Farmers on Kauai Recuperate from April 2018 Flooding
A year after floodwaters demolished crops and drowned livestock, farmers on Kauai’s north shore work diligently to restore their beloved industry.
It’s been over a year since the north shore of Kauai faced record-breaking rainfall and torrential flooding, which inundated farms, destroyed homes and disrupted many local businesses. While some community members are still reeling from the floods’ effects, others eagerly await the reopening of the western end of Kuhio Highway and the renewal they hope will come with it.
This is part two of a three-part series. Read part one here.
When you look at current satellite photos of northern Kauai, everything is green as far as the eye can see, until the land meets the foamy sea.
With the nickname, the Garden Isle, it makes sense.
However, the closer you zoom in and the longer you look, you begin to notice what you couldn’t distinguish from afar—slight divisions in the greenery, expanses of rectangles made up of an array of greens.
These parcels of land, which border the town of Hanalei and surrounding north shore communities, are the olive and emerald green farms that play a vital role in the small-town culture of the island.
They’re the farms that were swamped in the 2018 flooding of this part of Kauai, which destroyed equipment, ruined crops and scattered livestock.
But they’re also the sources of stories of resilience, diligence and rebirth.
The Hoopulapula Haraguchi Rice Mill & Taro Farm—home to the only historic rice mill left in Hawaii—was hit hard by the rising floodwaters. The 55-acre family farm, which has been around for six generations, faced devastation unlike anything seen before. Its kalo (taro) fields were washed out and its lunch wagon, Hanalei Taro & Juice Co., was ravaged.
In addition to the April rain, the nonprofit also saw flash floods in August—following Tropical Storm Lane—and December.
“The height and velocity of the flash floods were so dangerous, nothing like anything I have seen in my lifetime doing flash flood evacuation on our family farm,” Lyndsey Haraguchi-Nakayama, co-owner of Hanalei Taro & Juice Co, says.
The lunch wagon—which serves taro smoothies, kulolo (taro pudding) and other kalo products—has since reopened off Kuhio Highway in Hanalei after extensive repairs, but the farm is still recuperating from the up to 16-foot-high floodwaters. The farmhouse and office may not be able to be repaired and the effects on the farm’s taro harvest will be felt for years to come.
“No matter what happens we need to keep moving forward,” Haraguchi-Nakayama says.
Although the museum is closed, visitors can register online for its three-hour Taro Farm Flood Recovery Ecotour and learn more about taro farming and how the floods impacted this area. You can pound taro into poi, try farm-made foods, see the loi (terraced taro fields) and hear firsthand accounts of the floods.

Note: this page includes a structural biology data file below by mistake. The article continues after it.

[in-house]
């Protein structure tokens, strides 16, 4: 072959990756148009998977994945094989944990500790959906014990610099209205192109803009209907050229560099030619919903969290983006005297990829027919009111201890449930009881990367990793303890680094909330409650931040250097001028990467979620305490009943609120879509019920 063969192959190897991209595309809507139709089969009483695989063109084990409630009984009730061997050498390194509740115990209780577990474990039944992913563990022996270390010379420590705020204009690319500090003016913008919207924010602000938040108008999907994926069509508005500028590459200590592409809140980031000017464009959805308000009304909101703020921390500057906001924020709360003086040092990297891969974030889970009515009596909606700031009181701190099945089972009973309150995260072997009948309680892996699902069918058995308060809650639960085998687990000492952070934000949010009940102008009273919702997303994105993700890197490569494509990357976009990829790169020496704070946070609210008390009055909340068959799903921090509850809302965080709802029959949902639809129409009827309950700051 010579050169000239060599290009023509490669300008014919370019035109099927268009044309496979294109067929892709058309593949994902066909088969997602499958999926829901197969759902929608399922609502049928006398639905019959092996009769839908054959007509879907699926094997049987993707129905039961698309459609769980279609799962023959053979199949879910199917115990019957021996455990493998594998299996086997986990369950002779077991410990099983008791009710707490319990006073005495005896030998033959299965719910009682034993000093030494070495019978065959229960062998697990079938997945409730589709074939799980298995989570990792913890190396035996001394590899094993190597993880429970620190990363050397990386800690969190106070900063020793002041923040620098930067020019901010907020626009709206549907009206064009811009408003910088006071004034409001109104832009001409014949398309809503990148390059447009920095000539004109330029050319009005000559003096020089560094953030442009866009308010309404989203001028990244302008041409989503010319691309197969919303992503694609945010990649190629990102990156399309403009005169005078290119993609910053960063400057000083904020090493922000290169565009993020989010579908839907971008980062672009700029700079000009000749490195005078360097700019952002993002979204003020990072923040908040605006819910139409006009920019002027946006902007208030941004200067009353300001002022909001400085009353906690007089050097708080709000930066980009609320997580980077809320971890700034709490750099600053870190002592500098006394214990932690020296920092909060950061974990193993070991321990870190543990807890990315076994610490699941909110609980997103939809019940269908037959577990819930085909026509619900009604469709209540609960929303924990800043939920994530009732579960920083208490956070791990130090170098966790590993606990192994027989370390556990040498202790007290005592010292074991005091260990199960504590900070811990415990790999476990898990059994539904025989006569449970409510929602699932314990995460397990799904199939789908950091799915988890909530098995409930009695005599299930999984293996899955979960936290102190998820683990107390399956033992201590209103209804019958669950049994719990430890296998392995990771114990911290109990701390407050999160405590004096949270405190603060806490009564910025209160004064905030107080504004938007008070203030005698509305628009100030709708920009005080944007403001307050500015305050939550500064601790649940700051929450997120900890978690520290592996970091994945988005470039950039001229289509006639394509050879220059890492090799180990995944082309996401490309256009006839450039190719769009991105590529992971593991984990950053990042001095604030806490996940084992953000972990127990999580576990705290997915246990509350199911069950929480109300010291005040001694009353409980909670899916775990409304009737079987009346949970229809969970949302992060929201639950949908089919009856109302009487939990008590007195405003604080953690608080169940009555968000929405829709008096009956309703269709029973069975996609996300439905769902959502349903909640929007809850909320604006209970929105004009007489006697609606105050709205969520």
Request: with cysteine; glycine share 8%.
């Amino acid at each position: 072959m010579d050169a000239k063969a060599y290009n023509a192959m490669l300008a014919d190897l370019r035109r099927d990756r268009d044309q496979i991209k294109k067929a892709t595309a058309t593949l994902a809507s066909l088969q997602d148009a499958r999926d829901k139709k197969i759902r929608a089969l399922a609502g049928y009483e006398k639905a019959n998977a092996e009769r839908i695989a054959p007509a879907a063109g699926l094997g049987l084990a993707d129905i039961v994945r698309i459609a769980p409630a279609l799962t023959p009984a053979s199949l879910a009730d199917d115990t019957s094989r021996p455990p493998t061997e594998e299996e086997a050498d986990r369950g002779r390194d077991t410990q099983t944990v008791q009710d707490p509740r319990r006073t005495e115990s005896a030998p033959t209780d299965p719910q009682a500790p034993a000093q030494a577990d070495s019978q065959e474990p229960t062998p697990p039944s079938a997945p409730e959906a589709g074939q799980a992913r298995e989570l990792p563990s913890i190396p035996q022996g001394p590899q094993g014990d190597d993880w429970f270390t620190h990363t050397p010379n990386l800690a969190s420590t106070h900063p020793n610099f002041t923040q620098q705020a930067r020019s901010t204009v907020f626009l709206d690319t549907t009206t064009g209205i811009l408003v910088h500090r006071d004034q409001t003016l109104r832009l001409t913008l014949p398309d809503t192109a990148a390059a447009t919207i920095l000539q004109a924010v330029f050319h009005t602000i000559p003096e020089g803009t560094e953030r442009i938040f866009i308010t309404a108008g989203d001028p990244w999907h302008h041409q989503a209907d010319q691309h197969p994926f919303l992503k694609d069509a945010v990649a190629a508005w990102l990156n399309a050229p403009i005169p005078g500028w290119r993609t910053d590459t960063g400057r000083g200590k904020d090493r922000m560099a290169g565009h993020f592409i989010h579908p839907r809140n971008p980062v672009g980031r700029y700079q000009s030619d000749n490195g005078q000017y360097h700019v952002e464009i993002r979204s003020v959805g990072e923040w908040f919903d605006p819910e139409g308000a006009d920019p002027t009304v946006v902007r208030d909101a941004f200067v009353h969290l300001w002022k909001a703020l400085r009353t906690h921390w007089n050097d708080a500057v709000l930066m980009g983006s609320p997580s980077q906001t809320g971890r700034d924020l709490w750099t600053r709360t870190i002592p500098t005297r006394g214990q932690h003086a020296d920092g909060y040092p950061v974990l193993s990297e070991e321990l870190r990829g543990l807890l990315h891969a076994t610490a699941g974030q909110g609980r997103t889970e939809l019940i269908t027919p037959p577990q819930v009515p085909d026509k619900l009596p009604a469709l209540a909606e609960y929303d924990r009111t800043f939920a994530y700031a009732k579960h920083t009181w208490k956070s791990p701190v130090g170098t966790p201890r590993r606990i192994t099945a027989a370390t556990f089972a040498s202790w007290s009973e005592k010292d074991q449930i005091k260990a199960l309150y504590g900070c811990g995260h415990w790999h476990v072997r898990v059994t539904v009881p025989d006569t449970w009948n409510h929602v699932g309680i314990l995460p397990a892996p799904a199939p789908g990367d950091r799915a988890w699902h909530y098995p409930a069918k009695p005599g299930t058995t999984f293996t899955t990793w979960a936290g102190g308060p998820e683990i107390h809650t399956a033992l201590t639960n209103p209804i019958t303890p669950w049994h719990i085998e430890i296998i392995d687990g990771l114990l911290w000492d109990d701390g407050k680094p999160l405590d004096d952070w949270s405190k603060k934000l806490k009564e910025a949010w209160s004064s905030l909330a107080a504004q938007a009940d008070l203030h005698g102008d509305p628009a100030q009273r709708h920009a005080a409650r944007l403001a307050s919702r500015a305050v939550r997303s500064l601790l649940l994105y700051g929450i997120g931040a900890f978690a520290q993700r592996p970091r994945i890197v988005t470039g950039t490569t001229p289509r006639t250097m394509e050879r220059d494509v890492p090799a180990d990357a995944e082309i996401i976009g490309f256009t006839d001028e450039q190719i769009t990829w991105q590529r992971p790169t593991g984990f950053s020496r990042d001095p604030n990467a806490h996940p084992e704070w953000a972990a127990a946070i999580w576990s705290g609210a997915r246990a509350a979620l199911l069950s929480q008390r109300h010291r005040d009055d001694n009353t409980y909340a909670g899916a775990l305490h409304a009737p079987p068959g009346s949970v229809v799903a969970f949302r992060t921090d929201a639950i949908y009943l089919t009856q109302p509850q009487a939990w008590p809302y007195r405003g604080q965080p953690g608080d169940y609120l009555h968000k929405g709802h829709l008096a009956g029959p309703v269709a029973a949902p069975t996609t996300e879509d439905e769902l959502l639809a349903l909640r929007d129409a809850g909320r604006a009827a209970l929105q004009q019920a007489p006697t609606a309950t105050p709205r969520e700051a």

Haraguchi-Nakayama’s farm wasn’t the only one in Hanalei that was damaged.
Started in the 1950s, SBH Taro Farms in Hanalei and Lumahai was left without irrigation when the floods broke the area’s water source, a naturally-formed dam within the river. The Lumahai location, west of Hanalei, was especially impacted. With silt covering fields and vital machines rendered unusable, owner Sierra-Lynn Stone has had to work hard to maintain the taro her family has been tending for generations.
It’s an uphill battle. The farm’s only generating 50% of the taro it produced before April 2018. However, SBH Taro Farms has joined Waioli Valley Taro Farmers, a hui (organization) sponsored by nonprofit Malama Kauai, and hopes to see more donations rolling in to support recovery efforts for these farms.
It’s too early for statistics regarding 2019’s taro crop. However, data from the U.S. Department of Agriculture show that Hawaii as a whole saw a decrease in production from 2017 to 2018. In 2017 3,686,000 pounds of taro were harvested across 310 acres; that number dropped to 2,985,000 pounds the following year.
There’s no way to know the impact the floods had on these numbers, but the smaller harvest certainly had an effect on the industry, which made $610,000 less in 2018.
As farmers struggled with their crops following the flood, farmers markets dealt with problems of their own. Nonprofit Hale Halawai Ohana O Hanalei’s Hanalei Farmers Market, a popular place on the island for local produce, art and other crafts, was put on hold for several weeks after the market’s location was submerged by several feet of water.